How Long Should My Flashlight Battery Last

If you’re looking for your next flashlight, you might also want to consider the type of batteries it’s compatible with. Why? Because that’s what the purpose of you buying your flashlight – so that it’s powerful, it lasts longer, and it’s efficient. But how long should my flashlight batteries really last? 

It’s a relative question – and in fact, it’s something dependent on how you use it. There are batteries, however, that even if you use it often, they won’t die out on you as quickly as the others. In this article, we will be discussing how long the batteries on your flashlight should last. 

Different battery types for flashlights

Similar to any other device, flashlights have different variations in batteries, too. In fact, in choosing the best type of battery for your flashlight, it will depend on the compatibility between the flashlight and the battery. 

But to give you a better idea, batteries are usually grouped in what they’re made of. Hence, here are the most common types of flashlight battery materials:

  • Silver alkaline
  • Lithium (Best choice)
  • Nickel-Cadmium
  • Lead-acid
  • Oxy-hydroxide 

The battery material is actually the one responsible for its longevity. In fact, reporters claim that what those ads say about the time period of when the battery will last is true. It’s also in conjunction with its price. For instance, heavy-duty batteries are going to be cheaper because they won’t last as long as alkaline batteries.

What controls a flashlight’s battery life?

Many of us believe that the only thing concerned in determining the battery life of your flashlight is when it’s turned on. However, that may not be the case. In fact, there are other factors needed to be considered when we’re discussing the battery life of a flashlight.

Flashlight Battery Run-time

Of course, it’s quite obvious that having a flashlight turned on is the main key in determining how long its battery would last. Try and turn a flashlight on for a straight hour and see when it starts to get dim. That will tell you if the flashlight you bought doesn’t have high standards – or if the battery you’re using is not that good in terms of the material and the quality.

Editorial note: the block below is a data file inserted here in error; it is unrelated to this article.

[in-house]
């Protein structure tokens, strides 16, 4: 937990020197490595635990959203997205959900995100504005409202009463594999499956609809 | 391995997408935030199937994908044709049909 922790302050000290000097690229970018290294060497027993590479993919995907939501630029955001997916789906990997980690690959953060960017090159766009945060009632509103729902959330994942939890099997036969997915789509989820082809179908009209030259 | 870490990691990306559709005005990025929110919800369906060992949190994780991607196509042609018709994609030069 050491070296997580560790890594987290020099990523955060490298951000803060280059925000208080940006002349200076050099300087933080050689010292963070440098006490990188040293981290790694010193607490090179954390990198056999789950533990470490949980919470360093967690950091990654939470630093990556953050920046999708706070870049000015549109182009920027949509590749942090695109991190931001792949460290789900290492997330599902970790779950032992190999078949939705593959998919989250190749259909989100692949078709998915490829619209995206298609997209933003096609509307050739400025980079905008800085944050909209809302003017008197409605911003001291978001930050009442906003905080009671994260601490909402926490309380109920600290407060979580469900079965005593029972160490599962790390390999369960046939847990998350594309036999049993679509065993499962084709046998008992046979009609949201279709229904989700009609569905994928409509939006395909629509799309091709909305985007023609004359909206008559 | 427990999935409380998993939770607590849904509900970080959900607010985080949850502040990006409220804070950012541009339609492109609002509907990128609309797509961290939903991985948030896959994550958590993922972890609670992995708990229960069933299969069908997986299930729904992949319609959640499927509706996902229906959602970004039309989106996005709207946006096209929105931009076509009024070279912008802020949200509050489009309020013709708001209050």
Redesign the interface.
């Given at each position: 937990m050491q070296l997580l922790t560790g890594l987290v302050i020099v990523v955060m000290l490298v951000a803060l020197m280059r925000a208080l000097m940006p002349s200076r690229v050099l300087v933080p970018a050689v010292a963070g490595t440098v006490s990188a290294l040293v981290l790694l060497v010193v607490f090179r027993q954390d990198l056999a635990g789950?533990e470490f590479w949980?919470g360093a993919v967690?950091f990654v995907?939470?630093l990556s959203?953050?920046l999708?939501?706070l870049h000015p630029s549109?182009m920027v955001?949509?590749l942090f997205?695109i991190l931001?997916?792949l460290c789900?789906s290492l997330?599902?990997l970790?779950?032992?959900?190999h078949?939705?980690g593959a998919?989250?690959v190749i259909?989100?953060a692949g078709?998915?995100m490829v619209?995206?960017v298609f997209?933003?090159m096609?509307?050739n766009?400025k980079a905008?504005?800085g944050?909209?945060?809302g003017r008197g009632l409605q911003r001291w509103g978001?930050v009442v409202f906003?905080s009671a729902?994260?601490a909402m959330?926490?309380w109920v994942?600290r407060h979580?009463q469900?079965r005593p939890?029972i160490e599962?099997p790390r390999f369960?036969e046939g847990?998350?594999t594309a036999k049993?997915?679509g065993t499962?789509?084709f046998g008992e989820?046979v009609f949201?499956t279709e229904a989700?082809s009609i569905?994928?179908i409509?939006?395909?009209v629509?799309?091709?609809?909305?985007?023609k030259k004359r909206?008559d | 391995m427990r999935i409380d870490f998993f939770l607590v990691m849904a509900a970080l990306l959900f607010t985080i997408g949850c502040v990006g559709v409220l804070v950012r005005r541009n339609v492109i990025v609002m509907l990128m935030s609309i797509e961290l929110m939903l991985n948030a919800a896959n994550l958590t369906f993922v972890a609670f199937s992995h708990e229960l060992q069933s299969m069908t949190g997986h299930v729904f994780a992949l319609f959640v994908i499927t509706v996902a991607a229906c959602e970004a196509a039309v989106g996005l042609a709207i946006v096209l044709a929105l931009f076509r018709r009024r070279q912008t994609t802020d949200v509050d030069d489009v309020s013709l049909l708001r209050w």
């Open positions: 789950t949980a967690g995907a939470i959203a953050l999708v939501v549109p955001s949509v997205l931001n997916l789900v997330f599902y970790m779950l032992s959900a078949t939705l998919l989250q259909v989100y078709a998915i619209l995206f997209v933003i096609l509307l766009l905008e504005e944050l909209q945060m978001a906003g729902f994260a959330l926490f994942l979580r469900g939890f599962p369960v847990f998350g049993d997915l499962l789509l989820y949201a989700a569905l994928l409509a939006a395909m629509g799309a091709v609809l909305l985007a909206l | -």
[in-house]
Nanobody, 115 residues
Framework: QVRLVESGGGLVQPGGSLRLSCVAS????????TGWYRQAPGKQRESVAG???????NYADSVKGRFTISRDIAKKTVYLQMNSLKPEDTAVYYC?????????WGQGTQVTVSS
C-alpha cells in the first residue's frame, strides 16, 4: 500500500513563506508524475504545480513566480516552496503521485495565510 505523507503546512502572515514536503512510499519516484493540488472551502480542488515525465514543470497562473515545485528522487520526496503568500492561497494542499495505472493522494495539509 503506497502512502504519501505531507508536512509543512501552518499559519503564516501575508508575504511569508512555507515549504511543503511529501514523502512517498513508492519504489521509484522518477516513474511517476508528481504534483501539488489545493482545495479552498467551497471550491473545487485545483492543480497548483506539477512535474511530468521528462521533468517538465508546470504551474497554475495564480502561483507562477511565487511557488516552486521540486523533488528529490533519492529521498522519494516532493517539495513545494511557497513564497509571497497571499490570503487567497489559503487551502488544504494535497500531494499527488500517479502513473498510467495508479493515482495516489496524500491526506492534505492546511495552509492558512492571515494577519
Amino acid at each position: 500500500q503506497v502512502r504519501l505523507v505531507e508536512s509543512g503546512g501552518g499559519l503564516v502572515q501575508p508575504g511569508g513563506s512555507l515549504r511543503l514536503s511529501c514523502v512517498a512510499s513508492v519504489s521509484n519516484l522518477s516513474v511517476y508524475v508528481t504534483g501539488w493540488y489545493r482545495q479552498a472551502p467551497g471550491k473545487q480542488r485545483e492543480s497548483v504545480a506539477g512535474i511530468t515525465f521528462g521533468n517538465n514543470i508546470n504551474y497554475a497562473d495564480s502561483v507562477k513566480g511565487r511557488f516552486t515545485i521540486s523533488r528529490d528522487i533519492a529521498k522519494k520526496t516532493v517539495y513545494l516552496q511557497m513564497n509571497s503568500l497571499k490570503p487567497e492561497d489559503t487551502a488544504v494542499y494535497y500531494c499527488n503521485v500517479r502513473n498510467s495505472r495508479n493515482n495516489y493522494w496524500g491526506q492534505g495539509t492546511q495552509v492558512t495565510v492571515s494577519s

If you purchase a flashlight with an incandescent bulb which uses 4 D alkaline to 2 AAs would make the batteries lose power at an accelerated rate. This means that in 6 months of using it regularly, you won’t be able to use it as effectively as it was newly bought – it can even go dead in about 30 minutes during that time. 

If you want to see the best flashlights we have reviewed that have the best battery run times, take a look at our comparison here.

Typical Flashlight Battery Shelf Time

Another important factor most people fail to look at is the shelf life of a battery. Although it is worth noting that batteries that aren’t installed on any devices are more natural – they’re less likely to die out sooner than their expected lifespan. 

Alkaline batteries or heavy-duty batteries have a standard shelf life of 5 to 7 years – which is impressive. Lithium batteries, however, can have a shelf life of up to 10 years if properly used and maintained. 

However, if you install the batteries on a flashlight and had it turned it on, chemical reactions have taken place which can diminish the shelf life of the battery; it can go flunk in its 6th month. 

Flashlight Battery Temperatures

Extreme temperatures are also one of the most important factors of your flashlight’s battery life. When a battery is exposed to either a super hot or a super cold environment, it can decrease its shelf life to as much as 50 percent. Meaning, if you live somewhere where it gets extremely cold or extremely hot, your flashlight’s batteries will be dying up on your pretty quickly than the norm. 

For instance, if you decide to use it on a camping trip and the temperature is at 7 degrees Celsius, it might not perform as well as it could during under normal temperature. 

Final Words About Flashlight Batteries

In conclusion, the batteries on your flashlight would last depending on the type of flashlight you have. Say, you have an incandescent flashlight, once the battery is put in and you turn it on even for just 5 minutes, it’ll have adverse effects and it can kill the flashlight in 6 months. 

LEDs, on the other hand, are much more reliable. Even after you install it and use it for a couple of minutes, leaving it in a bag and getting it out again after a year or two will still power it up pretty normal. It won’t go dead or dim for minutes; it’s still going to power up for hours.

One good tip we can leave is you is to purchase batteries for your flashlights in bulk. Since both alkaline and lithium batteries have a shelf life of more than 5 years, it’s still going to be cost-effective, even if it’s not used right away.

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